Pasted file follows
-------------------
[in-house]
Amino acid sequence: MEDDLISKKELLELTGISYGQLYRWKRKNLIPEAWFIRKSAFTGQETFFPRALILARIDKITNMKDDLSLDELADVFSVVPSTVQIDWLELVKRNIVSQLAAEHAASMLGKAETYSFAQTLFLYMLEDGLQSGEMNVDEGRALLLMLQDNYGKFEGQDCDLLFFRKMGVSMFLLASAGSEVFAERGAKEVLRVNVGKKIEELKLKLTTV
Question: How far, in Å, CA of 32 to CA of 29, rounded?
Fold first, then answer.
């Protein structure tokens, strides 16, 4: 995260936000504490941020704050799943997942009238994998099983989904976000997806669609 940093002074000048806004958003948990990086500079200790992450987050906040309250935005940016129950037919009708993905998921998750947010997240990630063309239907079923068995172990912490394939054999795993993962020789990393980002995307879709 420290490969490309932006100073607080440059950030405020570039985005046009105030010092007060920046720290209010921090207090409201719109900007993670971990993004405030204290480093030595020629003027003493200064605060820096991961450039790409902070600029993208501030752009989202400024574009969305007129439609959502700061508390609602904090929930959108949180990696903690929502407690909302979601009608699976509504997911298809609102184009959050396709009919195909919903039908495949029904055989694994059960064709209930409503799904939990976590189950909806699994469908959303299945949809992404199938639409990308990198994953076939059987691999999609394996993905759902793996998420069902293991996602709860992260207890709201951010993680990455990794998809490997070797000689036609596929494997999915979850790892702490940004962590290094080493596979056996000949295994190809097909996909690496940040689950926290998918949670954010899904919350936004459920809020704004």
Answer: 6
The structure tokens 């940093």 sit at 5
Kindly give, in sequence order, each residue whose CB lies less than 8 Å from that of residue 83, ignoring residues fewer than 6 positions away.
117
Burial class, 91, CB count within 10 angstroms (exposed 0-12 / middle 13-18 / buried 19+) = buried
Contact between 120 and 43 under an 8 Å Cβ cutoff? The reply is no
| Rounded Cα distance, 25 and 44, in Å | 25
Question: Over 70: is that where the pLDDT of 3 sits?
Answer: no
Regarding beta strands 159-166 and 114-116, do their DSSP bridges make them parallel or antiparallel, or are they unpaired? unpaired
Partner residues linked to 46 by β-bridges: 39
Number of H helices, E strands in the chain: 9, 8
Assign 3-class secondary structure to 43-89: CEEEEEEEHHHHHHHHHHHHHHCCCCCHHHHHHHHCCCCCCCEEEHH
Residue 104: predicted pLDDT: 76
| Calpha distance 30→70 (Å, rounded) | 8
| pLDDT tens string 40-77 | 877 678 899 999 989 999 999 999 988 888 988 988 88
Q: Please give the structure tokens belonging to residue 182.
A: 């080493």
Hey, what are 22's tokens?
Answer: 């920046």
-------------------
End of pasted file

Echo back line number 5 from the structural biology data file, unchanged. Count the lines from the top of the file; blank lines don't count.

């Protein structure tokens, strides 16, 4: 995260936000504490941020704050799943997942009238994998099983989904976000997806669609 940093002074000048806004958003948990990086500079200790992450987050906040309250935005940016129950037919009708993905998921998750947010997240990630063309239907079923068995172990912490394939054999795993993962020789990393980002995307879709 420290490969490309932006100073607080440059950030405020570039985005046009105030010092007060920046720290209010921090207090409201719109900007993670971990993004405030204290480093030595020629003027003493200064605060820096991961450039790409902070600029993208501030752009989202400024574009969305007129439609959502700061508390609602904090929930959108949180990696903690929502407690909302979601009608699976509504997911298809609102184009959050396709009919195909919903039908495949029904055989694994059960064709209930409503799904939990976590189950909806699994469908959303299945949809992404199938639409990308990198994953076939059987691999999609394996993905759902793996998420069902293991996602709860992260207890709201951010993680990455990794998809490997070797000689036609596929494997999915979850790892702490940004962590290094080493596979056996000949295994190809097909996909690496940040689950926290998918949670954010899904919350936004459920809020704004």